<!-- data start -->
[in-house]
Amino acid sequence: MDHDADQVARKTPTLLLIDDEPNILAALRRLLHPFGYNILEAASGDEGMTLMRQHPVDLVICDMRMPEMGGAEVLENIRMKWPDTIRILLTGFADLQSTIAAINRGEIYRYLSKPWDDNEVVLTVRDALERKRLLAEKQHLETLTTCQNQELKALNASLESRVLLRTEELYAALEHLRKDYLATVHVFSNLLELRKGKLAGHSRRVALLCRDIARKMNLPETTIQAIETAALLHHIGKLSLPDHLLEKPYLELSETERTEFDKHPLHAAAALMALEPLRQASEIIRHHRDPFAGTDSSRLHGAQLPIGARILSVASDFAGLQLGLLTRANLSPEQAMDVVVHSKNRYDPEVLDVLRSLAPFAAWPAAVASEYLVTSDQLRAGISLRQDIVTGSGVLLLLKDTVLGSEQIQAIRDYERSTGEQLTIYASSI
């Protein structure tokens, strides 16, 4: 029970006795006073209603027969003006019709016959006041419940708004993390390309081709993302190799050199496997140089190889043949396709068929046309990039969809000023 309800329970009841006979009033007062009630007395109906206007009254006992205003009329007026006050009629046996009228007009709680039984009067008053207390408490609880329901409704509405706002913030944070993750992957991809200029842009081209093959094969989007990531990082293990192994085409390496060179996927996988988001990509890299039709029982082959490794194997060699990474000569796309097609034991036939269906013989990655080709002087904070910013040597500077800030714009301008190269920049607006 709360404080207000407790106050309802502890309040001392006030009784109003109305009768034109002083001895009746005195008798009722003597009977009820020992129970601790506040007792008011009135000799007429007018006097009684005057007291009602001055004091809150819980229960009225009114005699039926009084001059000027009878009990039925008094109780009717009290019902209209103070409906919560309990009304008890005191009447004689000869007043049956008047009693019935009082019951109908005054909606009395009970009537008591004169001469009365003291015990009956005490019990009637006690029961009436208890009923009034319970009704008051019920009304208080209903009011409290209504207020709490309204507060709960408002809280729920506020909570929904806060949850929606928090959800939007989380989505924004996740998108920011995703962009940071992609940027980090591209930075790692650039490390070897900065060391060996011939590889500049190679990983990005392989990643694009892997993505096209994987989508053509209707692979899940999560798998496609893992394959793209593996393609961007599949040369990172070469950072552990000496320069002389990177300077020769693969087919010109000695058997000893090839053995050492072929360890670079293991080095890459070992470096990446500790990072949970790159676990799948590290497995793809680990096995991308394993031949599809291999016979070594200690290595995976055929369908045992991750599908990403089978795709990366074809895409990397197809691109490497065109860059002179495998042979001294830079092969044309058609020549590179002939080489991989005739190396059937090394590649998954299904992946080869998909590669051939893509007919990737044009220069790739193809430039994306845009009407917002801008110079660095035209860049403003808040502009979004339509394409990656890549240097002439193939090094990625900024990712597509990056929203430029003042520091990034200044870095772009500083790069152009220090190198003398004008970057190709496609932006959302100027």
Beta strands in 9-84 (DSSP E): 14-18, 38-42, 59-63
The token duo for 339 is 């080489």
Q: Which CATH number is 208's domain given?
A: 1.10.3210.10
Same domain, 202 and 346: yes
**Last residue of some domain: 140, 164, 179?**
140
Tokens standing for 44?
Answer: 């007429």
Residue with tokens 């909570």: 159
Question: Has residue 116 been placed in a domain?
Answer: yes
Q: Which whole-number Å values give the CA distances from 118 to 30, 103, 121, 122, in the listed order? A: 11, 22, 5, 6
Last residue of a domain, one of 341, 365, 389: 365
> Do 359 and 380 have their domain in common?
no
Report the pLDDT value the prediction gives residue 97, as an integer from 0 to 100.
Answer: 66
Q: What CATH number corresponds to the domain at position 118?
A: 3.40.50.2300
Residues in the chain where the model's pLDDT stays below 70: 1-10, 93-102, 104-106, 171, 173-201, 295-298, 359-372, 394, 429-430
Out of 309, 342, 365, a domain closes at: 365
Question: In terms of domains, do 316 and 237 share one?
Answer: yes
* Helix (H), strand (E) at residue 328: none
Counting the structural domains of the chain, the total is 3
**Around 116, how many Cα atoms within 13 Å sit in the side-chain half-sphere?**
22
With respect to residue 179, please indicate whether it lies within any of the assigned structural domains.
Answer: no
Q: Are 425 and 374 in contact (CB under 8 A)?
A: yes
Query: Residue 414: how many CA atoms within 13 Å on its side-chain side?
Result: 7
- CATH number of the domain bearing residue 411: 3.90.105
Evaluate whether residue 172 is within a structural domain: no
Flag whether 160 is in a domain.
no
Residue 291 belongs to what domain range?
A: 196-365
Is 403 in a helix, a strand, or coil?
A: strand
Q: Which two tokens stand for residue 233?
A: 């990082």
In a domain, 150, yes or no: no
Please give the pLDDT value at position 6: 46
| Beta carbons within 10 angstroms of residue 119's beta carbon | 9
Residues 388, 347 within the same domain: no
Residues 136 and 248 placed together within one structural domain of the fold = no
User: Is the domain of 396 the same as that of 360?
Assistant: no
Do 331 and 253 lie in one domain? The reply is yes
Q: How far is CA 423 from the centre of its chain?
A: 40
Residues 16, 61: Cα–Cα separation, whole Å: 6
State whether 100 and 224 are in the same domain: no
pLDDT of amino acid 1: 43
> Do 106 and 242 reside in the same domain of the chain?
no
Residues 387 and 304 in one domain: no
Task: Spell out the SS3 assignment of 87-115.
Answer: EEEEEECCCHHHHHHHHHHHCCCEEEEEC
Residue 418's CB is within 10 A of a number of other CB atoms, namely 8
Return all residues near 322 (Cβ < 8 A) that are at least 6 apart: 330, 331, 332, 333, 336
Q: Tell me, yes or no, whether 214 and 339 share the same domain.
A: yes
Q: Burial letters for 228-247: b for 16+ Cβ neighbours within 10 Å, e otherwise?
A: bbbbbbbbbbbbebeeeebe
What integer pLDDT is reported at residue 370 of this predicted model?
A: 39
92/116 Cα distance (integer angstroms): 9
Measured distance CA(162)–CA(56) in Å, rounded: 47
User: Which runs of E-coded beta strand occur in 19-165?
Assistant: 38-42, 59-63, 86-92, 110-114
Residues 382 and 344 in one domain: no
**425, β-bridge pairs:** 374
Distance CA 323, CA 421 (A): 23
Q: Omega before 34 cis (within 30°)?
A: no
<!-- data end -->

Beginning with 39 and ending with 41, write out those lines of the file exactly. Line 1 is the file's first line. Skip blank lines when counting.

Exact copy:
Evaluate whether residue 172 is within a structural domain: no
Flag whether 160 is in a domain.
no